We knew that all simulated service disruptions were going to be taken in our pre-production environment in order to increase our confidence that it wouldn’t impact users. There’s always a small chance a customer could experience something. Remember, we don’t know what we don’t know. What if a service in our staging environment is actually talking to something in our production environment? We are still learning its reality. However, we need to “reduce the blast radius” as they say, so our initial exercises will take place in our pre-production “staging” environment.

This means that we need to ask questions about how we can make staging behave (as closely as possible) to the customer-facing environment. How do we want alerts to be delivered? It’s probably not smart to co-mingle delivery methods in the event that a real incident is triggered for a separate problem while engineers are rehearsing failure in a simulated scenario. How long would it take us to figure out which alerts were “real” and which weren’t?

Test Plan Checklist

As a group, the council discussed and came up with a formal test plan, setup considerations, and preparation checklist.

Test Plan:

  • Black-box Alerts
  • Discuss test plans for each alert
  • Meet with IT to evaluate RISK

Staging VictorOps org Cleanup: Discuss how close it should be to production’s VictorOps org

Special paging configurations because alerts will go off at any time a failure is detected

Things to Check:

  • Consider email-only for paging policies
  • No employee should be notified on their personal device
  • Teams/escalation policies/rotations?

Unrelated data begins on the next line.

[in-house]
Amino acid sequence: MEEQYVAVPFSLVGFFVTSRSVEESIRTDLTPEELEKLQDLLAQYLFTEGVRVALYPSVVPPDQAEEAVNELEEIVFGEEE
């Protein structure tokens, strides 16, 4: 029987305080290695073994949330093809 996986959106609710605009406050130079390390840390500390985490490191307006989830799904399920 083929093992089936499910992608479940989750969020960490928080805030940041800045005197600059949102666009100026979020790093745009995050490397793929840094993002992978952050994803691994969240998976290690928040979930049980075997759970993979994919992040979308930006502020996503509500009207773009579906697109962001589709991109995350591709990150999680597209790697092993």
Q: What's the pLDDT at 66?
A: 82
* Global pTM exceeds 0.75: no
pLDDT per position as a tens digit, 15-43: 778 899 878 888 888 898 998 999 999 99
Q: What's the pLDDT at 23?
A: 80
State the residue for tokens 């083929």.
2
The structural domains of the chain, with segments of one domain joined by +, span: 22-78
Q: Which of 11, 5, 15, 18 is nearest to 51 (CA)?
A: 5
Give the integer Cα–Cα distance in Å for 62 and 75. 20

• What should these look like?

Solid observability of the system is required before Game Day testing can be successful. This was why so much emphasis was put on determining our metrics in assignment three and then ensuring we had visibility of them. A lack of structure for the day would be detrimental to the Game Day efforts. Some sort of defined plan would need to be established. All tests would take place initially in our staging environment but future exercises would take place in the production environment.

Teams testing at the same time can and will collide with each other. Be ready for this. Something else that was brought up due to previous experience was that we needed to not only minimize the blast radius of our efforts but we also need to limit the time the game day exercise was supposed to take place. A 14-hour day (typically on the weekend) was not the right approach. Engineers will lose focus and interest if game day exercises go on too long. We would not be “randomly unplugging shit”. This is not the best place to start nor is it part of the principles of chaos.

What are the principles of chaos? Glad you asked.

Principles of Chaos:

  • Build a Hypothesis around Steady State Behavior
  • Vary Real-world Events
  • Run Experiments in Production
  • Automate Experiments to Run Continuously
  • Minimize Blast Radius

Chaos Day FAQ

About a week prior to the event, our champion sent a company-wide email on behalf of the council. The message outlined the agenda for our Chaos Day event as well as offered a response to frequently asked questions.

What is a Chaos Day?